Rory has sensory processing disorder, which is responsible for a lot of the things that made life difficult and continue to make life difficult.  And while it’s still torture to brush her teeth and cut her fingernails (though very slightly less awful), she has come a long way in what she will wear.  She’s still super picky and often (like right now) runs around in just her undies, she will now wear things like cute dresses that she wouldn’t even try on before.  She hasn’t even fussed about wearing her leotard and ballet shoes every week to dance class (we did work on that a LOT in occupational therapy before stem cells even came into the picture, but I feel like this is a new level) which is exciting.  And while she doesn’t like it, she’s tolerating letting her speech therapist touch her face to do PROMPT speech therapy with her.  Baby steps here, and honestly I feel like sensory was better in the first few weeks after SCT and a lot of bad habits are sneaking back in again lately, but overall, she is slightly less frustrating than she used to be and the world is slightly less frustrating to her than it used to be.



Before stem cells, nearly every day was a bad day, measured on how many times I felt completely exasperated and overwhelmed by life by the end of the day.  Directly after stem cells, Rory’s behavior improved dramatically.  She was still difficult but I was able to enjoy her much more and life actually felt manageable, like a weight had been lifted from my chest, and we had a solid three weeks of good days with only a few bad days in the first two months.  I should also add that she started ABA therapy 7 hours a week when we got back from our SCT, so I think that has been helping with some of the behavior issues too, but they really don’t work on behavior much there (she’s in ABA-VB so a lot of it is based on encouraging verbal behavior, imitation, small group participation, etc.).

Right around the 2 month mark I feel like a lot of the bad behavior started to come back again, which I think is likely due to inflammation starting to rear its ugly head again once the stem cells stopped replicating.  We had a few really rough days/weeks lately, and I felt like I was starting to lose my mind again, but looking at where we were compared to where we are now, there is definitely a positive difference and while the days that she doesn’t nap have very difficult afternoons with spikes in aggression, her behavior in the mornings including school and therapy, has been pretty darn delightful.  And she is a total energy vampire too, so when I get frustrated and angry, she follows suit, but if I keep my cool, she usually does, too.  I try very hard to remember this.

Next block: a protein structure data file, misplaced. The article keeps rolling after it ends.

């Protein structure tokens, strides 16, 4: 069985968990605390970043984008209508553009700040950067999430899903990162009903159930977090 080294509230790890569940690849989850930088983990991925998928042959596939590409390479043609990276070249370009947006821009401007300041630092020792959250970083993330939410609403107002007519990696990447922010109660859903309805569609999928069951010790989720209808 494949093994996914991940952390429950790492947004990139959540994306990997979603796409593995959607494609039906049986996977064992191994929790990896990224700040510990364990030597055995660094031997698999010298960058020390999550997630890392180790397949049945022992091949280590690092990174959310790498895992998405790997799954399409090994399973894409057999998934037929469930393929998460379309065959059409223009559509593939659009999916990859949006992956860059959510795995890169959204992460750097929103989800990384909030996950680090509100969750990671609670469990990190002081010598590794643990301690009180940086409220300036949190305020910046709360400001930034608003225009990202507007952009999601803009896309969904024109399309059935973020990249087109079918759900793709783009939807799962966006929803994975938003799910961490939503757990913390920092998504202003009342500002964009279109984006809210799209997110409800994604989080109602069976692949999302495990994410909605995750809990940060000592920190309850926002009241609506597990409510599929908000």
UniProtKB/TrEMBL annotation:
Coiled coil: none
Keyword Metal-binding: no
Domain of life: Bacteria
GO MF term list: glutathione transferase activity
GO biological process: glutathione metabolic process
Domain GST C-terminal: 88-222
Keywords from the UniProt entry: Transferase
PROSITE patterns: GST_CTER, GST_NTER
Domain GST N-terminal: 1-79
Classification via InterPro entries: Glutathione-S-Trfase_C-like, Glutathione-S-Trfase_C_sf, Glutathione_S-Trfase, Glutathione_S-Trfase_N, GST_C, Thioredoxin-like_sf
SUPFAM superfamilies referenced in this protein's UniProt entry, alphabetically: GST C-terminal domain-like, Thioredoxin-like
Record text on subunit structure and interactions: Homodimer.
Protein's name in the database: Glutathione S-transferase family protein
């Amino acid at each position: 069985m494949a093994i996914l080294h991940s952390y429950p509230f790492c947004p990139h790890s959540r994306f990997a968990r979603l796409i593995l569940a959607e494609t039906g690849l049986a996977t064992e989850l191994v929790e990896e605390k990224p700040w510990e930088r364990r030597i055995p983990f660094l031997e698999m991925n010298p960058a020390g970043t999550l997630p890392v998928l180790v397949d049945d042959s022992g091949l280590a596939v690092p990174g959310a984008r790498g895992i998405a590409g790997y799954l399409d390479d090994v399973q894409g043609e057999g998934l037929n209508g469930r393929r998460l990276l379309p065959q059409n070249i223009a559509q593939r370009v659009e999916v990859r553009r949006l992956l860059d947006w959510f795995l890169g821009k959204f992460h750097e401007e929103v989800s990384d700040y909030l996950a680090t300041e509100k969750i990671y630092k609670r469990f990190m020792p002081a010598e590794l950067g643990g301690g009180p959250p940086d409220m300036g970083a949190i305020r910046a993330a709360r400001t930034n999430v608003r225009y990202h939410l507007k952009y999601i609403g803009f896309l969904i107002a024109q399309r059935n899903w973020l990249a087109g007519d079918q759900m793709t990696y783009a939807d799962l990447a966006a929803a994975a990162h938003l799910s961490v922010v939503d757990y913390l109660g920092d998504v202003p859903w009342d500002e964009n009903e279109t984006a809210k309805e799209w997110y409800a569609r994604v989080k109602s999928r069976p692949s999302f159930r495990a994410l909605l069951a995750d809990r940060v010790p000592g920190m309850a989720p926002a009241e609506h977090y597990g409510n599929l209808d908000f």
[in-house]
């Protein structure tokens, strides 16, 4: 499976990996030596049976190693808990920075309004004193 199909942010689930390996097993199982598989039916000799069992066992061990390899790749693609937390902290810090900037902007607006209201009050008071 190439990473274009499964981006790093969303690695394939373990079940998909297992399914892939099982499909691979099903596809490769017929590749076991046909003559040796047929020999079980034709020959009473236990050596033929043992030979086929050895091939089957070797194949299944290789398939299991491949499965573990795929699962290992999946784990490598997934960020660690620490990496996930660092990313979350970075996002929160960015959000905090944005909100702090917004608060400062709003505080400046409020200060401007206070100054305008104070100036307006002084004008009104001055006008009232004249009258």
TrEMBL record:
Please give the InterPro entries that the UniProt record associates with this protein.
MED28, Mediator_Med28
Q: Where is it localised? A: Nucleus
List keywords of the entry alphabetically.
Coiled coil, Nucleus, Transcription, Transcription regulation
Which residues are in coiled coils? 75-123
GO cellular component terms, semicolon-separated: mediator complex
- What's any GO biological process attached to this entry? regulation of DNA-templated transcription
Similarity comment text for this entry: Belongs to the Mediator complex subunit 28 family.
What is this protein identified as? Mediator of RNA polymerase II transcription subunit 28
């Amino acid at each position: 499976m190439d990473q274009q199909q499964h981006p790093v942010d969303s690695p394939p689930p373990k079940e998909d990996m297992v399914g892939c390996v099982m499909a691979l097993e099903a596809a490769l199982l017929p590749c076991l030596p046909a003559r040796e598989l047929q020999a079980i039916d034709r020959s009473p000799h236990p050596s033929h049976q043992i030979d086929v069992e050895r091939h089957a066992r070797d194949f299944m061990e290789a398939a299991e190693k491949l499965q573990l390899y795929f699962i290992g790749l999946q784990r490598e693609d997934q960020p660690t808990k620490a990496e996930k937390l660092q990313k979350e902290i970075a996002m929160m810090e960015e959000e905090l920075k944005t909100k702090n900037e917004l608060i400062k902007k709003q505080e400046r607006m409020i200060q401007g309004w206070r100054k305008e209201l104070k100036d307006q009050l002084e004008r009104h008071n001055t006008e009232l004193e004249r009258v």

This past week or so has been mostly good again.  We’ve added some new supplements based on testing her MAPS doctor ran prior to the SCT and I feel like they are continuing to help with the inflammation we battle every day and making life better.  She has been less aggressive with Owen this week and just sweeter overall.  All the time?  Absolutely not.  But more often than not.


Potty Training

When you have apraxia and global motor planning issues, potty training is often super difficult.  Especially paired with gut/poop issues. We tried to potty train Rory last summer and it was awful.  After weeks of working on it, we finally had to give up and put her back in pull-ups to save my sanity.  But this year, she needed to be potty trained for school, so we had to work our butts off to make it happen.  We had our ABA therapy company come into our house for a 3-day intensive potty training session and we have spent the past two months continuing to work on it with varying levels of success.  The good news is that in a month of school (granted she is only there 9-12:15 two days a week) she has only had ONE accident, and she finally makes it out of therapy without a costume change or multiple costume changes every time.  Poop is still kind of kicking our butts.  Especially since the gluten incident on 9/5, her poop has been awful and I think that makes it harder for her to know when she has to go.  IF she goes poopoo in the potty, it’s first thing in the morning.  Otherwise, it’s in her pants.  But also on the glass-half-full side of things, she often tells me potty after she goes instead of just not noticing it like she used to.  So we will just keep on trying!  We have wanted to give up many times, but seeing how happy school makes her, it has helped us keep our eyes on the prize.  I’d say she’s mostly pee trained and mostly not poop trained, but she is exclusively in undies during the day and our accident laundry has decreased dramatically.  Compared to being in diapers, that’s a win!